2022 Joint Winners: Marg Rogers et al. and Ian Michael & Chris Isaacs
Marg Rogers et al. 'Child and Family Resilience Programs children's literature project'
Marg Roger's et al. project produced a suite of twelve free, online research-based children’s storybooks created from the narratives of Australian children and their families from the defence and veteran community. The books build children’s resilience to deal with the stresses of military family life or when their parent gives their physical/mental health in service. This is the first time Australian young children’s narratives from defence/veteran families have been voiced, enabling them to see their lives reflected in young children’s literature. This builds children’s sense of identity and belonging.
Ian Michael & Chris Isaacs York
Ian & Chris's project is a play titled 'York' that is set in and around an abandoned hospital in York, on Ballardong Nyoongar country. This epic truth-telling play blends humour and horror to uncover our buried histories. Traversing multiple eras and inspired by 200 years of real accounts, this daring new work explores how stories are told – and who tells them. York was Shortlisted for in Nick Enright's Prize for Playwriting as part o the NSW Premier's Literary Awards 2022. York is a raw, resonating new work written by two incredibly talented local artists Ian Michael (Wilman Nyoongar) and Chris Isaacs.
CHASS Prize for a Student in the Humanities, Arts and Social Sciences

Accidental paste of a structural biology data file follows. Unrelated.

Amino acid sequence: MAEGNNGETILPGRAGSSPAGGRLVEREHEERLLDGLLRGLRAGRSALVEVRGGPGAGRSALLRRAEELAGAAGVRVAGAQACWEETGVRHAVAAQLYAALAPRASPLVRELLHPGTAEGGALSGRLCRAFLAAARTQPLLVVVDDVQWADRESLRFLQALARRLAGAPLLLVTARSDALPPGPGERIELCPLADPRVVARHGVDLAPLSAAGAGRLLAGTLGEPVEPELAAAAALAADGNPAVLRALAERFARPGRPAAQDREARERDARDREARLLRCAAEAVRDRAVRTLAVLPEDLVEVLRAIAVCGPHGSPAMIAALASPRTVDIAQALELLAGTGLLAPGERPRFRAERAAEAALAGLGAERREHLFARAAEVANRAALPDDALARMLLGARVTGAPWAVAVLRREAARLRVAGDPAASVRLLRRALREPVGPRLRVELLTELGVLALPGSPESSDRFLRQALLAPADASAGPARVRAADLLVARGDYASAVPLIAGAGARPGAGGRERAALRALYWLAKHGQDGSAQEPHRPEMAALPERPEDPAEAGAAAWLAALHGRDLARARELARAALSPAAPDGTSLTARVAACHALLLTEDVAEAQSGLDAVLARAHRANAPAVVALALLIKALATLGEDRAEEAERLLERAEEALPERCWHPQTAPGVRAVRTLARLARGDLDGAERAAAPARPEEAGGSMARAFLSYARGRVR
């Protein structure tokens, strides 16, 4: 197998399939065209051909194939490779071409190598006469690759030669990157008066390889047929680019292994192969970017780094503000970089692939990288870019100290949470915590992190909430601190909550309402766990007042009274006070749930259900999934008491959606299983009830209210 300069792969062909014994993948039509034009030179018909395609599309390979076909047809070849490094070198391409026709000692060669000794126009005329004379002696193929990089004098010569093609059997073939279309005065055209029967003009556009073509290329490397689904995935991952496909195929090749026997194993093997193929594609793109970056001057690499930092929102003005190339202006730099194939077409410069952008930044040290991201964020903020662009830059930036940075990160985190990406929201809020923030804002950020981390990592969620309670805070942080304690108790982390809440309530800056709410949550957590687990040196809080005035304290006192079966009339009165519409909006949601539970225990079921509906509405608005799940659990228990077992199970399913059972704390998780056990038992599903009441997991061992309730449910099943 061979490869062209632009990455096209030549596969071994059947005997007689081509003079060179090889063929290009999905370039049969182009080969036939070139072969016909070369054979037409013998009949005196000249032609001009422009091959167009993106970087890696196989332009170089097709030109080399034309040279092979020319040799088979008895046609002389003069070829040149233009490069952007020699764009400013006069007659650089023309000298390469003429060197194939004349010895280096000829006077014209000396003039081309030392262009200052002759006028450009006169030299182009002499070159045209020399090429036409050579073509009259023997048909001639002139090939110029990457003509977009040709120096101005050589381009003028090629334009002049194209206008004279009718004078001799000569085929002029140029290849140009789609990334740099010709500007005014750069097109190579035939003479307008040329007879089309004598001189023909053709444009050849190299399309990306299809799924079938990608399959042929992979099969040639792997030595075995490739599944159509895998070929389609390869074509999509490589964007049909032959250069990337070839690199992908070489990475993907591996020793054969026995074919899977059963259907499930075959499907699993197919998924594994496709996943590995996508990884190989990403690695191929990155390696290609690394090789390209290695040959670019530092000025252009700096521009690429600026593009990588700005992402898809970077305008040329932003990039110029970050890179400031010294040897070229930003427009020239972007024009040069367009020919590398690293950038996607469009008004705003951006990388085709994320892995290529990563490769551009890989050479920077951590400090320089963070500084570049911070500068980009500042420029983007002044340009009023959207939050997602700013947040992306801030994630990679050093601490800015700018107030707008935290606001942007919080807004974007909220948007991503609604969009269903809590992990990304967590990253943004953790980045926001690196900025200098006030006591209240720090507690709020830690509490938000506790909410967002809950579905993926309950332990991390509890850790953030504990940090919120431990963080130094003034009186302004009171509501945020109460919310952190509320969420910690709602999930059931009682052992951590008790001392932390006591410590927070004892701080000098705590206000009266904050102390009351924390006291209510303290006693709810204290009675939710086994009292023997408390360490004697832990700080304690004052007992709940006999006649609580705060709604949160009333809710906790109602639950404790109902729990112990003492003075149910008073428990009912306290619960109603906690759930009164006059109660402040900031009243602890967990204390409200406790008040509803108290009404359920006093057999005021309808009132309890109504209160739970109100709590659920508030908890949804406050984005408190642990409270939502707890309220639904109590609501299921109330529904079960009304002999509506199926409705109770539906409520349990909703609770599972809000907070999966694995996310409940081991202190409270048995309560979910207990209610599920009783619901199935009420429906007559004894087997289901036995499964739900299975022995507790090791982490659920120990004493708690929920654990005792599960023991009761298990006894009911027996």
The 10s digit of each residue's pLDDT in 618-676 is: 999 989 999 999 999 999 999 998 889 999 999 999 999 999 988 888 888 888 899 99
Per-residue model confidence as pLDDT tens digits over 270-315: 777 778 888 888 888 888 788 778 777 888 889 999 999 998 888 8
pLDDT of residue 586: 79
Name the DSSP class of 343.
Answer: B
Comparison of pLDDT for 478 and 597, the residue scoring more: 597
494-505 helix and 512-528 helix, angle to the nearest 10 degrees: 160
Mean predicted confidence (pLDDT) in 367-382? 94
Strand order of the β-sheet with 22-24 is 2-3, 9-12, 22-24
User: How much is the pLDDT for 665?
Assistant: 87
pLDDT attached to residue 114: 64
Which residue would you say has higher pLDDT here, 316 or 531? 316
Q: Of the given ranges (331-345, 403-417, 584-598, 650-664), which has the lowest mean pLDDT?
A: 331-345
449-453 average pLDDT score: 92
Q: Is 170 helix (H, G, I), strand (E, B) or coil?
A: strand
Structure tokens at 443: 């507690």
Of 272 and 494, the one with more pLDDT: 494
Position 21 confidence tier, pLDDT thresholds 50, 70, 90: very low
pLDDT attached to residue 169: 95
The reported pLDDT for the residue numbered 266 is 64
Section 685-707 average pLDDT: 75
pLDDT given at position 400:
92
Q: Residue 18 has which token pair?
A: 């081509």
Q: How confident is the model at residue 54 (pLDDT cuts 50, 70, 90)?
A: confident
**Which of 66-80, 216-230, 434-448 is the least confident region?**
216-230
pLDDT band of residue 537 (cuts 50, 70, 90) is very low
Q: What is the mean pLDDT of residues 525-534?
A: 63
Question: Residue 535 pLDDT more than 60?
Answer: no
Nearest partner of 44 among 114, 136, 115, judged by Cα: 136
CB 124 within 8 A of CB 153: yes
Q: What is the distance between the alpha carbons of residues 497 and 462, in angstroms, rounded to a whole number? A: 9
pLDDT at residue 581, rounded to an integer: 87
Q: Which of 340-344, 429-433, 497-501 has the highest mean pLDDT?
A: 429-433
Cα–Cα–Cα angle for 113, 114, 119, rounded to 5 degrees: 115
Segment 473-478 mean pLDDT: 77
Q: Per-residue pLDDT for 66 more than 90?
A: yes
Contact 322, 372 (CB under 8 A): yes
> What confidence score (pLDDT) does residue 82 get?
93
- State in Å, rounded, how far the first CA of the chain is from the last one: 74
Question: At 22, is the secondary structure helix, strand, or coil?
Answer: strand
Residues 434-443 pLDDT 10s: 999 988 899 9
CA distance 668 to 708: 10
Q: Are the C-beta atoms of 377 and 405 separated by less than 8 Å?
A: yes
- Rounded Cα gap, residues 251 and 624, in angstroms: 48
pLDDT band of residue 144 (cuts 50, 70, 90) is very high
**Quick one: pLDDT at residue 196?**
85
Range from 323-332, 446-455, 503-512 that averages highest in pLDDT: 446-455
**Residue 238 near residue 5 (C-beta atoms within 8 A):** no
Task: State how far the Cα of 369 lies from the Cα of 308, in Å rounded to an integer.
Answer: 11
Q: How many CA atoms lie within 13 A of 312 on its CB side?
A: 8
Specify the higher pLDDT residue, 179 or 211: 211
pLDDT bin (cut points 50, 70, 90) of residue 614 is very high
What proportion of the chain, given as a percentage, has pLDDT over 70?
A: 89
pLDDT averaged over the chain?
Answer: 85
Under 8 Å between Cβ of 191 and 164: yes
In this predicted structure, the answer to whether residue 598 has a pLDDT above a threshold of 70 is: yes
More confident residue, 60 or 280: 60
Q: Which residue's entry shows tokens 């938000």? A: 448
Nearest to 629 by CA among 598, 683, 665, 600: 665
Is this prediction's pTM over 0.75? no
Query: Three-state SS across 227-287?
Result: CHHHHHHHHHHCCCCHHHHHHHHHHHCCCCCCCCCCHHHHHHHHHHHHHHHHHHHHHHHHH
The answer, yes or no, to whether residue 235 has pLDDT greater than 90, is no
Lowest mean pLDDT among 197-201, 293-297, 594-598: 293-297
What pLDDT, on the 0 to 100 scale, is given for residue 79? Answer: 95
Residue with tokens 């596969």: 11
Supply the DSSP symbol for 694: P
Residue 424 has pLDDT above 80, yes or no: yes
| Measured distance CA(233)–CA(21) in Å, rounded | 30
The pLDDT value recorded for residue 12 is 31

This prize is for a student essay, project, performance or exhibition that best exemplifies the contribution of HASS to our understanding of our nation and us. The nominated work must have been completed between 1 January 2020 and 31 December 2020. Honours/post-graduate/doctoral theses are not eligible. Students enrolled at any level in any Australian tertiary educational institution are eligible to be nominated. Self-nominations are welcome.
Nominators should provide sufficient evidence to allow judges to assess their work. The nature of this evidence is up to the nominator (for e.g.: critical reviews, impact assessments). All works must be in English.
This prize will not be running in 2023.
This Award was introduced in 2020. The first FLASH Award was for students in Year 11 and 12 and in undergraduate course at University to express their views in a one minute video about the government’s 2020 proposed changes to undergraduate university fees, raising costs for most students in the Humanities, Arts and Social Sciences.
The 2021 FLASH Award is Creativity in Covid; an open prize for any creative work - visual, auditory, or performed - born/inspired from Covid related impacts. Nominees should provide enough evidence for judges to assess the innovation and connection to Covid.
Submission deadline: October 1, 2021. Submit online here.
This prize will not be running in 2023.